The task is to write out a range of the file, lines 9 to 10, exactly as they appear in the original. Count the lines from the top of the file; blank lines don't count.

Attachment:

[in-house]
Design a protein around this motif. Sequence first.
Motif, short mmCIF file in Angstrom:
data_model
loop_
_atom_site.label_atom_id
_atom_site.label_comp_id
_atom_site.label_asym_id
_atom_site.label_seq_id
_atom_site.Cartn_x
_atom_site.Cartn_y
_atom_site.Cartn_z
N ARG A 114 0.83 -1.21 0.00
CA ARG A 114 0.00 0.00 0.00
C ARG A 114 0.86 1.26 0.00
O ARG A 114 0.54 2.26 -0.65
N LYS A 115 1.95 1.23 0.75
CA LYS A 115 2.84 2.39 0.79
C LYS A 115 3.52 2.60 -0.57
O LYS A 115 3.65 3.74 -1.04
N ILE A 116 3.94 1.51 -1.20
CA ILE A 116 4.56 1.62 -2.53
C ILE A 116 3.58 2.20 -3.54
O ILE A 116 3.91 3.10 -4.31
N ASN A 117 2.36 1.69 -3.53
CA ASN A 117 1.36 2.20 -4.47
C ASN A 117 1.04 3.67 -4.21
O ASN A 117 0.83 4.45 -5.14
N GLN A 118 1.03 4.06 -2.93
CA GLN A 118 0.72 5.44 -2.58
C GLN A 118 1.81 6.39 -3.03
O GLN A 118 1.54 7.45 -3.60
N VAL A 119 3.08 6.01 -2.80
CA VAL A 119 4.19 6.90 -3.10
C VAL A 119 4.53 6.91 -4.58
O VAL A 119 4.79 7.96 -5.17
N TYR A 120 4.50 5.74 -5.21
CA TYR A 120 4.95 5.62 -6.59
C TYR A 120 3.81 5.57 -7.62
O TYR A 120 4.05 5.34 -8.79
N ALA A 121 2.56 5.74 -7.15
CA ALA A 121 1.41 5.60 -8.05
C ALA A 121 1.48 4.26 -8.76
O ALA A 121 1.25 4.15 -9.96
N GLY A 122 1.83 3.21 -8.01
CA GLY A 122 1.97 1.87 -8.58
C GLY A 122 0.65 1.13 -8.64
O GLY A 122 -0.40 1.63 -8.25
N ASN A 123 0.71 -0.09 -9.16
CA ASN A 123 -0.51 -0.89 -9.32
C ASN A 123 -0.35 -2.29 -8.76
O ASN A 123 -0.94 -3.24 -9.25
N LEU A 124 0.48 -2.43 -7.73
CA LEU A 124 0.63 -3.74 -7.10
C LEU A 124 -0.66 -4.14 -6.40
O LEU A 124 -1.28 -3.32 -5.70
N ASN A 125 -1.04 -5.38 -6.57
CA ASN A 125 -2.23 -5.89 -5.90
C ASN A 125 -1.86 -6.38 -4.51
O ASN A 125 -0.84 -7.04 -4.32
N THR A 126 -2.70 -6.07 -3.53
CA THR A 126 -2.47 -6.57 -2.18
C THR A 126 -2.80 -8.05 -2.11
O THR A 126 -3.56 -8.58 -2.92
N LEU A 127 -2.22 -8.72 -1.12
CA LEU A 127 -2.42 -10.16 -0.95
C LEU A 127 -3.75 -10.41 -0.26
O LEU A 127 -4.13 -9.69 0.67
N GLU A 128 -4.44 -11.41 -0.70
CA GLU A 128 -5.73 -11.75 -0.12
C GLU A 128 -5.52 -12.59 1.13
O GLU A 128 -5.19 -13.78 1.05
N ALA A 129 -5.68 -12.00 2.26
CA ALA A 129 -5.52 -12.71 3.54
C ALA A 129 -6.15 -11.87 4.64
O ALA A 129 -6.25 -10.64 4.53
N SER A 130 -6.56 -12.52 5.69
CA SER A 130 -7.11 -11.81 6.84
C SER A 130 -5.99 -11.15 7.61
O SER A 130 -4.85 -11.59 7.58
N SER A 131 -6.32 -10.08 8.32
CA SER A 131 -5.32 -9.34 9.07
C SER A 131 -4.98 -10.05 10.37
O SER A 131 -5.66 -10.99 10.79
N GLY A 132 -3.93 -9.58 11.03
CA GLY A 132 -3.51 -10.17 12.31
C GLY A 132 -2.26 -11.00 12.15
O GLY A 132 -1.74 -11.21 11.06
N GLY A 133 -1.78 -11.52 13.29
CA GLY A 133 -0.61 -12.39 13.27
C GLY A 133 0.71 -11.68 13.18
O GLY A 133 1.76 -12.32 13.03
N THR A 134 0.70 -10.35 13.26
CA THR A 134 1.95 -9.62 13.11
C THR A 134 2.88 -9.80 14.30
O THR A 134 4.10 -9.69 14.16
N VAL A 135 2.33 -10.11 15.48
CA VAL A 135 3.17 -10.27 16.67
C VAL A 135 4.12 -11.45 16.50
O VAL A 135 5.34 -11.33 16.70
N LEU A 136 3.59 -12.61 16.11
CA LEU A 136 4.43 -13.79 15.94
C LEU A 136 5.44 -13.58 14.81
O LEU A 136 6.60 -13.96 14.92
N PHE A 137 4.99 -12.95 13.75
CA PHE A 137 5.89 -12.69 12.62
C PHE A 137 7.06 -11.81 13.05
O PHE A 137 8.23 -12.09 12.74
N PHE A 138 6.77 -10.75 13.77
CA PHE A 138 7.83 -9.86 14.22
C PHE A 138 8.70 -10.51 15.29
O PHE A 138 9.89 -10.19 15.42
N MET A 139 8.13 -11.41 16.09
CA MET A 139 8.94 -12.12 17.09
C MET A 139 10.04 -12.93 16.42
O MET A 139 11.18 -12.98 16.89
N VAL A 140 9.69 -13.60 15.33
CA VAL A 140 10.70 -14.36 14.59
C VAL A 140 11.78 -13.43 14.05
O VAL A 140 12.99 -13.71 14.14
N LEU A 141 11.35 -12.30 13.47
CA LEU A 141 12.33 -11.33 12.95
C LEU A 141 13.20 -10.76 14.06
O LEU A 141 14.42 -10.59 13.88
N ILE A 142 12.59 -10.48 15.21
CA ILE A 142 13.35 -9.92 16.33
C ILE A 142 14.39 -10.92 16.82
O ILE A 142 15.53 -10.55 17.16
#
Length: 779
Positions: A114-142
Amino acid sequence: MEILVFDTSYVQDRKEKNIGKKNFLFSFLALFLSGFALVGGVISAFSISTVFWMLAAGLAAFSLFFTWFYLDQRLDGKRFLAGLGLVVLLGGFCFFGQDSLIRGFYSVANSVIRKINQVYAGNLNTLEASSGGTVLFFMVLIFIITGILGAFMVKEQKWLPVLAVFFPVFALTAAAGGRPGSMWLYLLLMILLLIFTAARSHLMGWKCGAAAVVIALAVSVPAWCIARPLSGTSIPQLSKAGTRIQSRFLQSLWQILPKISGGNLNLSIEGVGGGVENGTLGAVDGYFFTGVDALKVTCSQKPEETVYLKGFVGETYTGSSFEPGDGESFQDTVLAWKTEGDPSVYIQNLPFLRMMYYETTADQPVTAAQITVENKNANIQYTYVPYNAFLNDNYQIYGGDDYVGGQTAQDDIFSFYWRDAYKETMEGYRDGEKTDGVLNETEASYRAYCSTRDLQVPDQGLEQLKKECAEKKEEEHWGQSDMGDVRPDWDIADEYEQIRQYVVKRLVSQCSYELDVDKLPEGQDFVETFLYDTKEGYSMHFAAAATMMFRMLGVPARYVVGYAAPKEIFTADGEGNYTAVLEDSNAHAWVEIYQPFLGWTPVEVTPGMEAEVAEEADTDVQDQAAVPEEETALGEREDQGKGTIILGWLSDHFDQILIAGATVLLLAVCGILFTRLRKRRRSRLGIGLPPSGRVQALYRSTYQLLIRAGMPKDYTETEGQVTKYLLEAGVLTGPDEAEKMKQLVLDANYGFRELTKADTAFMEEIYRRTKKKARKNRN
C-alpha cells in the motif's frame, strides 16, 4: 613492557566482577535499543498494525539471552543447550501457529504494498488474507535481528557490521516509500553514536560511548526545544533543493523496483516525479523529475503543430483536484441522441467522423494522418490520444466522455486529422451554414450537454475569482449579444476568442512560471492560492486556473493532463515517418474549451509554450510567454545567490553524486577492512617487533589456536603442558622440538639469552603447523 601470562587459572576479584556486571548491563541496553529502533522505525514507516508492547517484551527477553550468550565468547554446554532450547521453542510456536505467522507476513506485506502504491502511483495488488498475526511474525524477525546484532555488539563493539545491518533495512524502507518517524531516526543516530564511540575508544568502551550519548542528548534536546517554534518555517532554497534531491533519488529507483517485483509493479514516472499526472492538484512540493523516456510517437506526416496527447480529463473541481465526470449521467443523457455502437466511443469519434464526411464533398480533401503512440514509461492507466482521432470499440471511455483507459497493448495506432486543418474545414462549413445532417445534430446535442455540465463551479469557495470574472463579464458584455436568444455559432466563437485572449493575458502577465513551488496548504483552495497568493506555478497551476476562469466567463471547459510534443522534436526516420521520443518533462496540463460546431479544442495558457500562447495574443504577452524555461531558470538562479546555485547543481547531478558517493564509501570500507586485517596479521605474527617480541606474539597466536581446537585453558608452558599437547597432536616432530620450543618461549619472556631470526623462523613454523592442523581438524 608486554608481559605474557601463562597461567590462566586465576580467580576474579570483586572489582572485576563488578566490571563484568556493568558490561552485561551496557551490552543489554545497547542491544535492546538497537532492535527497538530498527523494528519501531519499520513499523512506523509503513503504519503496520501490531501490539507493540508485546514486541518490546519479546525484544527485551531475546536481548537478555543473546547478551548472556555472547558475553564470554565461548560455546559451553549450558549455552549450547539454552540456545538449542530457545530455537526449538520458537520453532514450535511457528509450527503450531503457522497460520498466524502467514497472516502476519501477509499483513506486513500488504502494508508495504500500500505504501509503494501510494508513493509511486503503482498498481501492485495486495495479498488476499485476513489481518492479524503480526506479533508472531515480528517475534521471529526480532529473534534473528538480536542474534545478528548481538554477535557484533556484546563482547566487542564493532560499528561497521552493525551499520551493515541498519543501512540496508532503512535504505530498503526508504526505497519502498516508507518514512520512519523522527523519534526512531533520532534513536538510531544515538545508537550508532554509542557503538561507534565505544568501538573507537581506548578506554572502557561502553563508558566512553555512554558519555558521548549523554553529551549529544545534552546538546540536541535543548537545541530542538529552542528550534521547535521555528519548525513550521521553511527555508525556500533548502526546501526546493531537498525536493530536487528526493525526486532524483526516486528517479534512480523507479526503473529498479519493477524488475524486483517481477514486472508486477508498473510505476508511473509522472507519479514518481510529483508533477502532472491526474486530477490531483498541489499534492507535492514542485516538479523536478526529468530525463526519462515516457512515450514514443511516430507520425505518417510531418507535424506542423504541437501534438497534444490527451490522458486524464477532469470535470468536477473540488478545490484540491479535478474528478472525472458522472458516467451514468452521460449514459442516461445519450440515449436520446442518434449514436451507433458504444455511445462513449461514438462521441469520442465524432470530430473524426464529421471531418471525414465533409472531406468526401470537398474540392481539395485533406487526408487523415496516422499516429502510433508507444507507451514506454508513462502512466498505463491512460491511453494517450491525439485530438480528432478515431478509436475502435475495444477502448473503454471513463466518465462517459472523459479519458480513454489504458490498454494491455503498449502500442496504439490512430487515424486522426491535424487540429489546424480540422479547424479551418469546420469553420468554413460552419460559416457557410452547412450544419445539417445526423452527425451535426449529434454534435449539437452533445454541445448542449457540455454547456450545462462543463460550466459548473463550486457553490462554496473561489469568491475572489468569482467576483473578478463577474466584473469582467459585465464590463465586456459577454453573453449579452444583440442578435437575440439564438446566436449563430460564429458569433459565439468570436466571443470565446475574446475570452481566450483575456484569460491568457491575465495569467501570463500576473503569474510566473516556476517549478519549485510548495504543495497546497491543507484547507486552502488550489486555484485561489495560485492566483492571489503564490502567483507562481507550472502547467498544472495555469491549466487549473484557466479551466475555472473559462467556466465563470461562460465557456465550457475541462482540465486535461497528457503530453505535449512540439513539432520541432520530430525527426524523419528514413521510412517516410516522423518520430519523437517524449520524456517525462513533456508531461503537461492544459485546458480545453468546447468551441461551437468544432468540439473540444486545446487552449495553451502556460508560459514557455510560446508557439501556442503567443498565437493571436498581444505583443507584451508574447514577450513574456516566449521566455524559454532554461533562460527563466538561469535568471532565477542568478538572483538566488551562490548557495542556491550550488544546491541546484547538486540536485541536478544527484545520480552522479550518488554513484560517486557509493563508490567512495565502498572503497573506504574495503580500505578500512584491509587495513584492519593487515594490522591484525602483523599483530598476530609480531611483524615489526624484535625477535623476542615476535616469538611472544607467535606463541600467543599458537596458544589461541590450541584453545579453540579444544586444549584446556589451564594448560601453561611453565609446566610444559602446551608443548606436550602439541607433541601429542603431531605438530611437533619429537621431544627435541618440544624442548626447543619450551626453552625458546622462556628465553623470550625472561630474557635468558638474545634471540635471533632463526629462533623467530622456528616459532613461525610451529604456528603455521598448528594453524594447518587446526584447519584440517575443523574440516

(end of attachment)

_atom_site.label_seq_id
_atom_site.Cartn_x